Anchoring: A Simple Storytelling Trick to Make Data Approachable and Memorable
A few days ago, a friend and I were taking a late-night walk and ended up spending several blocks talking about the power of story. We work in different industries — tech vs. advertising — and sell our ideas to different audiences — team/stakeholders vs. clients/customers — but for both of us, finding the right story can make all the difference.
The next day, I got a series of texts about a presentation he was working on, and how hard it was to get the story right. He had pages and pages of research, notes and ideas, but the main story remained elusive.
Just knowing that stories can be powerful tools to articulate an idea or pitch a client isn’t enough. The hard part is uncovering the story buried in all the details, and then making that story stick.
So I shared some of the following advice with him…
Anchors are powerful storytelling tools
One of the most reliable methods I’ve found to make a story stick is to link it to an existing anchor in our brain. When we receive information through bullet points and text alone, only the language processing centers of our brain get activated. Often, information processed this way isn’t remember, because we aren’t able to relate it to something else we’ve already experienced or know.
In contrast, when we hear something that reminds us of some other memory or sensory experience that we’ve had, it is more easily remembered. It sticks with us because it has an existing anchor in our brain. The more anchors a piece of information has, the more likely it is to be remembered.
The first time I was going to present at our company’s monthly meeting, I asked our CEO if it would be okay for me to use Adele’s song “Hello” in my slide. It was the fall of 2015 and that song had gotten so popular that it had it had inspired a skit on SNL.
I had done over 250 cold-calls to users that month and so a song about trying to reach someone who doesn’t expect to hear from you felt strangely appropriate:
“Hello, can you hear me?
I’m in California ….
Hello from the other side
I must have called a thousand times…”
Our CEO gave me a sideways look and said, “Okay, so long as it isn’t a gif.” This was the start to a tradition that I would try to keep every few months of using something salient in pop-culture or events to have a bit of fun with my presentations.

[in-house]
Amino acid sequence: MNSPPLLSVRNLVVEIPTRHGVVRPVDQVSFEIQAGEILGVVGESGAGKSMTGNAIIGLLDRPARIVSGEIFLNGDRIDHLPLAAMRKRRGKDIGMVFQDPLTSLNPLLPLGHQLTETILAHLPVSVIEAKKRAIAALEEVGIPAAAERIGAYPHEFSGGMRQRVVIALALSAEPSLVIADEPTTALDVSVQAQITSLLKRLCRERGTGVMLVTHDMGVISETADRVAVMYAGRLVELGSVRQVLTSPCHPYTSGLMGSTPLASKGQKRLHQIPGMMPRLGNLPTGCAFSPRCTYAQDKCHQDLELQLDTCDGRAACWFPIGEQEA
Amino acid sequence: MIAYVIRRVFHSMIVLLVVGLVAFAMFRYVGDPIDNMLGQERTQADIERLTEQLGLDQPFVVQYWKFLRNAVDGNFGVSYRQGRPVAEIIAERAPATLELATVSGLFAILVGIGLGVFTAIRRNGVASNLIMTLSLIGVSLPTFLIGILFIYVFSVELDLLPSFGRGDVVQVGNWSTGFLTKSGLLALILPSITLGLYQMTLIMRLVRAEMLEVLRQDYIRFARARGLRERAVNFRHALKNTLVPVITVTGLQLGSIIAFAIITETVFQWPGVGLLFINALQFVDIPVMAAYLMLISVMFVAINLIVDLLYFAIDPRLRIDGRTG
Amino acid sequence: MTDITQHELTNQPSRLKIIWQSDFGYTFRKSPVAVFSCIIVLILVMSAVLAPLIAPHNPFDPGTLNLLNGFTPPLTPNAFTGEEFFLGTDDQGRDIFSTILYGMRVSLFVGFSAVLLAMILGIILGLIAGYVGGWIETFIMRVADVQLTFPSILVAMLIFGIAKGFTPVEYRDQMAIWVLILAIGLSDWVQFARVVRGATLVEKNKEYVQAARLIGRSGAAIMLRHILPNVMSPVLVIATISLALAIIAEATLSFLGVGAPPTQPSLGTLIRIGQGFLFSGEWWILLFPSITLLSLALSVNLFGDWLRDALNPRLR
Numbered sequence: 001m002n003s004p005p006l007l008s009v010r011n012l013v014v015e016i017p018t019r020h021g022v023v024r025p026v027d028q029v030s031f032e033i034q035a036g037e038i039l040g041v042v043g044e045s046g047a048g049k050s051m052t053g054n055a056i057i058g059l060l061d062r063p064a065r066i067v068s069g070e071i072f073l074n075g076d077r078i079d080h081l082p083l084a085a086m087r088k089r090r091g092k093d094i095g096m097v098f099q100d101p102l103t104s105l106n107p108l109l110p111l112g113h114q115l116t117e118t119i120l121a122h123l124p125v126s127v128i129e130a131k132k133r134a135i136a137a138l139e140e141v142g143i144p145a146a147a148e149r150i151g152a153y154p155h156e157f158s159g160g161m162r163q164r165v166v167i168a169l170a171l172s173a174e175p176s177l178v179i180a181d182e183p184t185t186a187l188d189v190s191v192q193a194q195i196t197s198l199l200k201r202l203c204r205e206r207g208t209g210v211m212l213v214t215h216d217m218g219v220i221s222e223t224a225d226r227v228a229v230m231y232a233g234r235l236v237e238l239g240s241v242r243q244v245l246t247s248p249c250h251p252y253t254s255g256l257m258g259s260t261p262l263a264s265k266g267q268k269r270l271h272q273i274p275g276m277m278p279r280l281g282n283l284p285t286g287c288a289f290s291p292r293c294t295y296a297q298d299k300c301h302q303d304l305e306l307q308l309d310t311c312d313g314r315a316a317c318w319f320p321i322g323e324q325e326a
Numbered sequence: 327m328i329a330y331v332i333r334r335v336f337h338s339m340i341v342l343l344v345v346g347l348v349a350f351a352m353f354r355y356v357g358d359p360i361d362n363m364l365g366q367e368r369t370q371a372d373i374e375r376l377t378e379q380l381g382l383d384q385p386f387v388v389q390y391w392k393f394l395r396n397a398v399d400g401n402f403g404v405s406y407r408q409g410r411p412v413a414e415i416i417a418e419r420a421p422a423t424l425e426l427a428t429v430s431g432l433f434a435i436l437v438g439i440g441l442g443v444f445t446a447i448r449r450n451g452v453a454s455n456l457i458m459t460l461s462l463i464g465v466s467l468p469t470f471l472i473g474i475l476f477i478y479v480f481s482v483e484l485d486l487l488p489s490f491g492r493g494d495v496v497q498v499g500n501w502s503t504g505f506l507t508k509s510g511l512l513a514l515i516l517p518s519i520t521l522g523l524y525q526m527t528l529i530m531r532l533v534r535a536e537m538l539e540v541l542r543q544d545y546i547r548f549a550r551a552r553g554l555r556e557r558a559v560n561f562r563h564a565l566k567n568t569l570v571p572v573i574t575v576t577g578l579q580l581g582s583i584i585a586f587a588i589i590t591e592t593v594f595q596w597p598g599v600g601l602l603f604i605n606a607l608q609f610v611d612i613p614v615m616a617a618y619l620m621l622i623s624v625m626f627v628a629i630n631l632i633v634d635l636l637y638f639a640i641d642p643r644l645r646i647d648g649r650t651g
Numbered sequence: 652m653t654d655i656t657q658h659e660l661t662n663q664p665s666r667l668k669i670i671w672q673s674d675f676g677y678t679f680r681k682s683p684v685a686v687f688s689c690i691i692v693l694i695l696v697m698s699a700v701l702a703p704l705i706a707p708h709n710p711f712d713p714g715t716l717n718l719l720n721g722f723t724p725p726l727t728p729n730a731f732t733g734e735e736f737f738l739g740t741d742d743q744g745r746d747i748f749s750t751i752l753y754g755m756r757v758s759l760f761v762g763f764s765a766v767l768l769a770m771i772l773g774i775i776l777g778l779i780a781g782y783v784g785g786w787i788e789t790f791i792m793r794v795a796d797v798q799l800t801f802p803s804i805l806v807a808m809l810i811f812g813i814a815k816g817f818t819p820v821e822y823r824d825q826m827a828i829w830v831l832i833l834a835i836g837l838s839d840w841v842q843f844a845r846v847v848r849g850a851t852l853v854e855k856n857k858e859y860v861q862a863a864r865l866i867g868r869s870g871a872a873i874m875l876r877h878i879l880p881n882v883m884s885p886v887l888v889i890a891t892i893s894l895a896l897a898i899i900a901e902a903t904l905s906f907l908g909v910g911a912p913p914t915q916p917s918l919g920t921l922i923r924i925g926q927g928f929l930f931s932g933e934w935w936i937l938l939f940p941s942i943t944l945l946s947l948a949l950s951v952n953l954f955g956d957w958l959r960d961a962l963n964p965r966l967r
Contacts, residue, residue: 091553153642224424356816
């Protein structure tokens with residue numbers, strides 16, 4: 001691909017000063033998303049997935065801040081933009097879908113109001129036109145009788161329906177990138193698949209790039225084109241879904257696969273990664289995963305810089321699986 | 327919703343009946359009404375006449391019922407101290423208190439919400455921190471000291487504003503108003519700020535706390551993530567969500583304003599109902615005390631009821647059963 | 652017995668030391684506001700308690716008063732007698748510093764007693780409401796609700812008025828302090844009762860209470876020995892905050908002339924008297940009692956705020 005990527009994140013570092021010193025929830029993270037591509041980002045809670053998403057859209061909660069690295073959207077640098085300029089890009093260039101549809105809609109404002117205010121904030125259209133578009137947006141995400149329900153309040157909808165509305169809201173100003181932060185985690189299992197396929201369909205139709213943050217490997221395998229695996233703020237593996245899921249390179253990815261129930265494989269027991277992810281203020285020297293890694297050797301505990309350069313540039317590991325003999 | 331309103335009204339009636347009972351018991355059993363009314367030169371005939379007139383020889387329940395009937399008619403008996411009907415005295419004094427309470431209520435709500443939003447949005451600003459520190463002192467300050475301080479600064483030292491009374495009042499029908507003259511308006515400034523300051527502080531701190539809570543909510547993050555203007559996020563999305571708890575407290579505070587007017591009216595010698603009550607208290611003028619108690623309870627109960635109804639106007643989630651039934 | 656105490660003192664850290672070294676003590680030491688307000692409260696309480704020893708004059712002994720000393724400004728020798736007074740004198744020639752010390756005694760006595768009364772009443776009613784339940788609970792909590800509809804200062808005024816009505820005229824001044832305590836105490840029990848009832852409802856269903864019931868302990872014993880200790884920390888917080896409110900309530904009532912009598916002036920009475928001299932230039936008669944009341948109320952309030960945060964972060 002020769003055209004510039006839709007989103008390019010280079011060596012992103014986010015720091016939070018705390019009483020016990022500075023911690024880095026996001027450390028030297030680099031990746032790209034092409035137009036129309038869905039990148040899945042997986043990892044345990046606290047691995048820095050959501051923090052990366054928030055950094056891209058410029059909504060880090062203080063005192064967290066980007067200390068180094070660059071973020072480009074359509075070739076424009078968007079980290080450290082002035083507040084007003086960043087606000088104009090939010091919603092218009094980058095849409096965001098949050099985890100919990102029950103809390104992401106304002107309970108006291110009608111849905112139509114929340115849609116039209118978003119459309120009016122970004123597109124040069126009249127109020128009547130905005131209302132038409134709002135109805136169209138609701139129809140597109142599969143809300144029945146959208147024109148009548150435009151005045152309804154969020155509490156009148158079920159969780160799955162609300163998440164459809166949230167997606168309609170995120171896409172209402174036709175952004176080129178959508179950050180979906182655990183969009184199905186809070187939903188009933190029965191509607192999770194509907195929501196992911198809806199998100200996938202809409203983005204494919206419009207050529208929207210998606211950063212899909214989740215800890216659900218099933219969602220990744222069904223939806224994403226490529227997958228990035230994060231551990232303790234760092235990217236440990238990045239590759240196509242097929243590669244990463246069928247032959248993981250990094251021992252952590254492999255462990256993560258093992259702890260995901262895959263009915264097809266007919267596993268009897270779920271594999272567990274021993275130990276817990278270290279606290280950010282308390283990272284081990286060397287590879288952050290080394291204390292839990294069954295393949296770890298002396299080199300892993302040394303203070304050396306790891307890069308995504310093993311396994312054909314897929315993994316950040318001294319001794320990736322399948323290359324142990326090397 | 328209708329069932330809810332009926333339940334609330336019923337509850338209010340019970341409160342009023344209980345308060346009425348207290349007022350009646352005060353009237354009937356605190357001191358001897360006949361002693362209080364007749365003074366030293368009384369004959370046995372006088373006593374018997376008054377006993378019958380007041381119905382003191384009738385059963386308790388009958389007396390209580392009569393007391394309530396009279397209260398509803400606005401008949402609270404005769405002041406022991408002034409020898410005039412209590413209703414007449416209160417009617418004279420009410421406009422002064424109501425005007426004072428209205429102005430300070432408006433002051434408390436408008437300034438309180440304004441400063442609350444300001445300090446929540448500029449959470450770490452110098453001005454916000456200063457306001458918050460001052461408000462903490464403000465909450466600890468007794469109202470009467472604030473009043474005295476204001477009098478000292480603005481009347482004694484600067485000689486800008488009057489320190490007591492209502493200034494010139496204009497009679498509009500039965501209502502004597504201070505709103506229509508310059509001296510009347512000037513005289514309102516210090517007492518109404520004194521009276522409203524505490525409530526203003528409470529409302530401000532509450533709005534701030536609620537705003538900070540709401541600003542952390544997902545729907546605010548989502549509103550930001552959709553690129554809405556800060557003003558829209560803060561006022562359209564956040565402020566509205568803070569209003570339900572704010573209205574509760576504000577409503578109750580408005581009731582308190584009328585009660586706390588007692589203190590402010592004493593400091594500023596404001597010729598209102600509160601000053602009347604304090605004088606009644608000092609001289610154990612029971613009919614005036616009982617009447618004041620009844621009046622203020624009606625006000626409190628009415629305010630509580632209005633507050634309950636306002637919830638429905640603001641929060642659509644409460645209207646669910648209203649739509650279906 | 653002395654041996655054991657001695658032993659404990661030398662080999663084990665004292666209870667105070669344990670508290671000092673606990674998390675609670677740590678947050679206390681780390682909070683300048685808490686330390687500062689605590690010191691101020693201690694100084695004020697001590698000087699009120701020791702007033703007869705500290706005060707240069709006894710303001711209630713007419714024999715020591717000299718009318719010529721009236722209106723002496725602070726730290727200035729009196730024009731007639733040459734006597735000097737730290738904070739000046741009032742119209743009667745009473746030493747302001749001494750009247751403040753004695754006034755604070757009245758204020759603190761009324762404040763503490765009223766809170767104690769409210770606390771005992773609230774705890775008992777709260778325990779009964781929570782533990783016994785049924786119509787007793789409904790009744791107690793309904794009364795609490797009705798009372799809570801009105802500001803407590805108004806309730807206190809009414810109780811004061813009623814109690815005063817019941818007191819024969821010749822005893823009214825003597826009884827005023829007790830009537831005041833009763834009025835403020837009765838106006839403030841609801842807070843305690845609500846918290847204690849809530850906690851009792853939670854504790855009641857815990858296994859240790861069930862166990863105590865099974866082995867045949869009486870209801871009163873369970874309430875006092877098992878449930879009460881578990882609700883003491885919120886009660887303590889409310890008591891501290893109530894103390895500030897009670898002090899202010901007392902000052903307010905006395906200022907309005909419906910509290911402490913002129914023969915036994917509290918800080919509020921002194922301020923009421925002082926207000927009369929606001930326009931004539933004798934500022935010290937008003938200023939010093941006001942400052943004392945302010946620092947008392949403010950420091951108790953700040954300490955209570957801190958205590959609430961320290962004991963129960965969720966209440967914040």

By framing my work in the context of an existing story, I not only anchor new information to something that my audience is already familiar with, but I also push myself to get at the heart of our work. There is no room for extraneous details in a story-form narrative
Pop-culture and current events are a perfect vehicle for making otherwise dry data more palatable, and ultimately, more memorable.
One of my all-time favorite slides of this type was the one that I told in the form of a Star Wars crawl (the yellow text that sets the stage before Star Wars movies). Star Wars: The Force Awakens, launched in December of 2015, and like the rest of the series, it was about a collaborative effort to fight against a seemingly impervious enemy.
At work, the past month had felt like a battle in which we had gained ground on one metric — questions answered — and lost ground on another — lessons watched. We were fighting against time, since the SAT was changing and would soon render our current efforts null. And, we were also doing a lot of collaborative work with the content team. While our efforts may not have been on the same level as epic space battles, it certainly felt like it.
Another favorite slide, and one that got the most positive response from others, was built around the Olympics. In July of 2016, I was struggling to determine what I’d present to the company because most of the work that we had done that month was under-the-surface. It is always hard to present something that doesn’t yet exist.
At the same time, I was watching and reading a lot about the upcoming summer Olympics in Rio. My favorite pre-Olympic media were always on the stories of the athletes — what they had to overcome to get to the games, their training, their personal challenges etc. Through those stories, you get a glimpse into the years of work that they do just to compete for a few seconds.
The story of these Olympic athletes’ long months of training for what was to come rang true with our long preparing for a series of tests we would be running later that summer.
Make this work for you
For me, using current event or pop-culture stories that others can relate to has helped me to tell the story of my work in a way that is approachable and memorable. Here are a few tips on how to do this (it’s more than slapping a funny gif onto your slide):
- Evoke emotion and empathy.
- Strip out unnecessary details.
- Be relatable.
- Use characters.
- Have coherence between past, present, and future.
These traits all serve the purpose of anchoring the idea in something that already exists in the mind of the audience. Our brains are great story-tellers and time-travelers, easily floating from past events into projected future worlds. Tapping into that natural neural ability helps to solidify the importance of the current moment.
I reconnected with my friend the strategist a few days ago. He and his boss and finally aligned on a simple storyline that evoked an emotional response from their client and helped to paint a vision for the future of the brand. And they worked happily ever after. The end.